‘That’s right, the act went wrong in Lisbon. We underestimated the whole staging-story. Sennek wanted to charm the public in a traditional way, with her voice. But we forgot that millions of people are watching this at home. We did realize that too late. It just didn’t work out that well, with the team for the staging. I would like to take the responsibility for that. On the other hand; we were convinced that we were surrounded by experienced people.’
So for 2020 there will be another approach?
‘Yes, we’re going to do it completely in a different way. The support has to be perfect. There will be other people involved for the staging. Oh, and rehearsing! Much more rehearsals. Last year, with Sennek, we didn’t have a rehearsal with a multicam for example. You have to train that.’
How do you, as selection committee, look up at the succes of The Netherlands?
‘It triggered us. Especially when they started to send big names like Anouk and Ilse DeLange. ‘I was wondering: ‘How do they do that?’. To be succesfull at the festival and manage to convince a big name at the same time. Best thing about this: it turned out they appointed Belgians to strenghten their Eurovision team. I thought: ‘What the heck, why don’t we got them working for us?’ In both 2016 and 2018 they did.’
The selection committee of The Netherlands changed their tactics last year: trying to find a hitsong in the first place. Is that something that could happen one day for the entry of Belgium?
‘If I would have the recipe of how to make a hitsong, then I wouldn’t be sitting here. It’s not that simple, I’m afraid. We receive several demos, but they are sometimes really disappointing. A lot of writers just send all the songs they ever wrote, hoping we would randomly choose them.’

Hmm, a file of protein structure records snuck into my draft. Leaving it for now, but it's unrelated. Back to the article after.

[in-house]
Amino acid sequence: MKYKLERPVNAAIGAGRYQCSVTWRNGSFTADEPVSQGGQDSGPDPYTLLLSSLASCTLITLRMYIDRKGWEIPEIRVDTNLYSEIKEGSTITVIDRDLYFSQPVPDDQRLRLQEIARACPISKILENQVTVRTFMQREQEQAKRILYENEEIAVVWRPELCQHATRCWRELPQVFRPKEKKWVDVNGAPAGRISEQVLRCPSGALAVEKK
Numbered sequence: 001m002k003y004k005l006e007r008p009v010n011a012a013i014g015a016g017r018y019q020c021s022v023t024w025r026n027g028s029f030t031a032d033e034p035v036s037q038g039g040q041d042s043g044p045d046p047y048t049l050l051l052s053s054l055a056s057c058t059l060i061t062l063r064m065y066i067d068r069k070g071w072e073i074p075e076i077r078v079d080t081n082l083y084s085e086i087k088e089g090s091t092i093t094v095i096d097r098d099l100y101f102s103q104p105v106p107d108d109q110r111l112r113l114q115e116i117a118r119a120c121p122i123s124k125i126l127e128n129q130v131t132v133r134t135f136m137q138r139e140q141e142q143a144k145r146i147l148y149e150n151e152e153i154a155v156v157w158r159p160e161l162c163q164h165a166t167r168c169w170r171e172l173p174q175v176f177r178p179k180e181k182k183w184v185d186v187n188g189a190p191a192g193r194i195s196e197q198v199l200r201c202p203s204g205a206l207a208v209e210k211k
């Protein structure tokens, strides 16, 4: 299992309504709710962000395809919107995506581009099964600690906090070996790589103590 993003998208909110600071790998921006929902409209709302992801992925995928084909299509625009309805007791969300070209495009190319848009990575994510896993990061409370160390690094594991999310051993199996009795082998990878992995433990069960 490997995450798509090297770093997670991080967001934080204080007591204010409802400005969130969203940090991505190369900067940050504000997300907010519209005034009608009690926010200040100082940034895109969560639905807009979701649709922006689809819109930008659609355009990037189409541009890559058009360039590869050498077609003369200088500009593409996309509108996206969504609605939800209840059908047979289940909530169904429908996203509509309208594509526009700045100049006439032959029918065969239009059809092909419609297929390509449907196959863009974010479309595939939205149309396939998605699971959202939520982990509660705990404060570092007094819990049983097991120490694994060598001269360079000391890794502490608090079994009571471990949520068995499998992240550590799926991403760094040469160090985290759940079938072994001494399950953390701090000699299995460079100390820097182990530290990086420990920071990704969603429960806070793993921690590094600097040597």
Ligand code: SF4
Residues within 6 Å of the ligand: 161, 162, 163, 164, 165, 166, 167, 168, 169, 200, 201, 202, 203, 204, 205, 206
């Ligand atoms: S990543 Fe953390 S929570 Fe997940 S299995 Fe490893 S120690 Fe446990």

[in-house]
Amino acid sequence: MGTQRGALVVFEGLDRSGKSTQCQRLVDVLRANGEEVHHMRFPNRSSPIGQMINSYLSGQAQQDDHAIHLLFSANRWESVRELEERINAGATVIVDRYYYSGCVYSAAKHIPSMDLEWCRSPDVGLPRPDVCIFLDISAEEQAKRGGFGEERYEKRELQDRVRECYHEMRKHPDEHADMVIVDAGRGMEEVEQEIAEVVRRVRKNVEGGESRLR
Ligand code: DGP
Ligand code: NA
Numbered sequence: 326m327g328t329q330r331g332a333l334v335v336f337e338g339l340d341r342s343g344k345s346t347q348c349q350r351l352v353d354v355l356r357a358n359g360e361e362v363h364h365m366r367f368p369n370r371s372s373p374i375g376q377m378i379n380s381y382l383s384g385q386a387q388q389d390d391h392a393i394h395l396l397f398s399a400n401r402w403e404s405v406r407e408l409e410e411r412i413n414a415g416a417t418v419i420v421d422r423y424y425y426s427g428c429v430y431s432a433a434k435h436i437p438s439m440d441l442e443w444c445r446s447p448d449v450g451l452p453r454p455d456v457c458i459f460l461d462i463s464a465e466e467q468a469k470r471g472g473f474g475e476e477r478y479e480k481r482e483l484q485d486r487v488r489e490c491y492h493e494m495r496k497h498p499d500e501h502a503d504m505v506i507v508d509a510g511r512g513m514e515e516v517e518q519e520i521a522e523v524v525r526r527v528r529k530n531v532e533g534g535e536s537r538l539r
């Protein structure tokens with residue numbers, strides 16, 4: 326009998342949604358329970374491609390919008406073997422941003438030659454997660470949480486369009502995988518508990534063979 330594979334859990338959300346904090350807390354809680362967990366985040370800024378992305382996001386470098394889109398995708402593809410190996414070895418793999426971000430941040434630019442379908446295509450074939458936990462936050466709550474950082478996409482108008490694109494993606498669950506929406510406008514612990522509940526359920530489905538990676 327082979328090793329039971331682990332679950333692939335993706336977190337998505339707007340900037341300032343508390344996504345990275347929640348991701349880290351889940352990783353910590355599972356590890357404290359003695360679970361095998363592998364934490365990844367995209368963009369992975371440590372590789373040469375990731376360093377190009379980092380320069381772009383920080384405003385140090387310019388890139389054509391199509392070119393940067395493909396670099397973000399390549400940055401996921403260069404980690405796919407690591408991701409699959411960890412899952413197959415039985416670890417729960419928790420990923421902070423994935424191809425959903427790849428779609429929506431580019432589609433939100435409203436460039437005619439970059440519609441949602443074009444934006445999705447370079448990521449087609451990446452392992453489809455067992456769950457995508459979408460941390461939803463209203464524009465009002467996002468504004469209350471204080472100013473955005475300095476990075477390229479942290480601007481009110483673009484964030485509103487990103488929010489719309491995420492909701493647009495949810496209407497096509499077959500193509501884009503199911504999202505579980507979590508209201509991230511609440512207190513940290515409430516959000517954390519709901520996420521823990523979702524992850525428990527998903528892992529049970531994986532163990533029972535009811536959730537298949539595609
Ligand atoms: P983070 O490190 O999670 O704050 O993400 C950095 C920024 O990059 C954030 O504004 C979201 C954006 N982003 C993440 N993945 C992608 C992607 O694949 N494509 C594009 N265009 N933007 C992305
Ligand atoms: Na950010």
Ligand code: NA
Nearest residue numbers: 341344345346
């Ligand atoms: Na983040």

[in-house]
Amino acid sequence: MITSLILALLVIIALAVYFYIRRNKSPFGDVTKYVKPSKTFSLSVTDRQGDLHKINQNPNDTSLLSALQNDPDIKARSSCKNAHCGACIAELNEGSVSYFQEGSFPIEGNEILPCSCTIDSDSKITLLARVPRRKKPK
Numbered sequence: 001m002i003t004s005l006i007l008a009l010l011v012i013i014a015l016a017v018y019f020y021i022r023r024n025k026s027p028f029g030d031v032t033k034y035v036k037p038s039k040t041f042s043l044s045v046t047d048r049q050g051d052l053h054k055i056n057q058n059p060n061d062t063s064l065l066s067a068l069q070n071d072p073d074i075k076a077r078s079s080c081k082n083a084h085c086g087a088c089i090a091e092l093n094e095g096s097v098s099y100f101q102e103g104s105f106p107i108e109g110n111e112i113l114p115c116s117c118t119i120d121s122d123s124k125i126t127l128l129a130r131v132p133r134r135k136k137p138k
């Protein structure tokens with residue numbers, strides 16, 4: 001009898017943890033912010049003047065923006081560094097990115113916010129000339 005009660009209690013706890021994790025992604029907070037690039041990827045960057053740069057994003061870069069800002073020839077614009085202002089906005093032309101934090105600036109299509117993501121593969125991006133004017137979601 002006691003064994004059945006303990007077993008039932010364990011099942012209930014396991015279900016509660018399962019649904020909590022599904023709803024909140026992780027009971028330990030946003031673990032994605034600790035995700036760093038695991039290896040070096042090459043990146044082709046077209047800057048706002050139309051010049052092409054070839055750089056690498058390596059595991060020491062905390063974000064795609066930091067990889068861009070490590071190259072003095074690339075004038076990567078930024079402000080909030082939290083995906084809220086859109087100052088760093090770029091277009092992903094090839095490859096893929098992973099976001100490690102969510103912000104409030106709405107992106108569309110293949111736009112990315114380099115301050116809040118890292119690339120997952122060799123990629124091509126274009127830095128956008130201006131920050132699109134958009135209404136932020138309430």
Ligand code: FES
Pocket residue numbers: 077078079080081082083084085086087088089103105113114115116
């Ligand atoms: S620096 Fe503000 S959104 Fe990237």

So you prefer carte blanche?
‘In my opinion, a good artist that can survive the whole circus is equally important to the song. Look at the struggles Blanche had in Kiev. You cannot forget that we observe the songwriting process thoroughly. Sennek reflected with us about the songwriters she wanted to work with. We make suggestions too. We even sent her to Los Angeles to work on her song there. We never did that before! Laura wrote songs with big names there. But okay, the final song didn’t come from that writerscamp.’
I can only imagine the pressure you must feel this year, since we missed out on the final two years in a row. How is that?
‘I think the pressure to put down a good result is high every year. Now we’re kind of in a bad period again. You can compare it with the Red Devils (national footballteam of Belgium, ed.): heroes of the country, until they lose. It seemed natural for RTBF to do a good job every time. It’s not.’
Let’s hope Belgium is high on the scoreboard again in 2020! Thank you for talking with us for so long.
Earlier this week a news report was published in which Gerrit Kerremans was talking about our Eurovision Song Contest 2020 entry.
— Songfestival.be (@Songfestival_be) September 2, 2019